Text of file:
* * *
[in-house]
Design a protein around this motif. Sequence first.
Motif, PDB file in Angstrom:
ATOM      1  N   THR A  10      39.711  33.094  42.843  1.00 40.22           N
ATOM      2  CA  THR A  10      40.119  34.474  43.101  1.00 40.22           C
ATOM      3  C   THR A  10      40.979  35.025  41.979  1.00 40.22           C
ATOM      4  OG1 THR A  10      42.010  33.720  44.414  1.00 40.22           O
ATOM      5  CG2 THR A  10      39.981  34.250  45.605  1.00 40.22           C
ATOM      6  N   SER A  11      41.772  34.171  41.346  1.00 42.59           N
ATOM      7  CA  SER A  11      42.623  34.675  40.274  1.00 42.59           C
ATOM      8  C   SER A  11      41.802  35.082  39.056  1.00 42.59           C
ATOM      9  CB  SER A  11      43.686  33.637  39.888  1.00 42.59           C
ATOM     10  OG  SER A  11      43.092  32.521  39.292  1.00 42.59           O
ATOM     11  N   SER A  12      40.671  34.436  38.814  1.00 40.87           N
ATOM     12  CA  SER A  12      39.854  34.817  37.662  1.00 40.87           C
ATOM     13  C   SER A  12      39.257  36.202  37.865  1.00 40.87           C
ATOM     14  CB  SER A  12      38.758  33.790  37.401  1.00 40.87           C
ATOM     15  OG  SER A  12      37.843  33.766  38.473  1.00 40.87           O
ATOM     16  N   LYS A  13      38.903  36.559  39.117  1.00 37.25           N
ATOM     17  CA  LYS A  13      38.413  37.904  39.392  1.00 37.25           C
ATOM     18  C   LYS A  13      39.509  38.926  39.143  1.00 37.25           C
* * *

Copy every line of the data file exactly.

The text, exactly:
[in-house]
Design a protein around this motif. Sequence first.
Motif, PDB file in Angstrom:
ATOM      1  N   THR A  10      39.711  33.094  42.843  1.00 40.22           N
ATOM      2  CA  THR A  10      40.119  34.474  43.101  1.00 40.22           C
ATOM      3  C   THR A  10      40.979  35.025  41.979  1.00 40.22           C
ATOM      4  OG1 THR A  10      42.010  33.720  44.414  1.00 40.22           O
ATOM      5  CG2 THR A  10      39.981  34.250  45.605  1.00 40.22           C
ATOM      6  N   SER A  11      41.772  34.171  41.346  1.00 42.59           N
ATOM      7  CA  SER A  11      42.623  34.675  40.274  1.00 42.59           C
ATOM      8  C   SER A  11      41.802  35.082  39.056  1.00 42.59           C
ATOM      9  CB  SER A  11      43.686  33.637  39.888  1.00 42.59           C
ATOM     10  OG  SER A  11      43.092  32.521  39.292  1.00 42.59           O
ATOM     11  N   SER A  12      40.671  34.436  38.814  1.00 40.87           N
ATOM     12  CA  SER A  12      39.854  34.817  37.662  1.00 40.87           C
ATOM     13  C   SER A  12      39.257  36.202  37.865  1.00 40.87           C
ATOM     14  CB  SER A  12      38.758  33.790  37.401  1.00 40.87           C
ATOM     15  OG  SER A  12      37.843  33.766  38.473  1.00 40.87           O
ATOM     16  N   LYS A  13      38.903  36.559  39.117  1.00 37.25           N
ATOM     17  CA  LYS A  13      38.413  37.904  39.392  1.00 37.25           C
ATOM     18  C   LYS A  13      39.509  38.926  39.143  1.00 37.25           C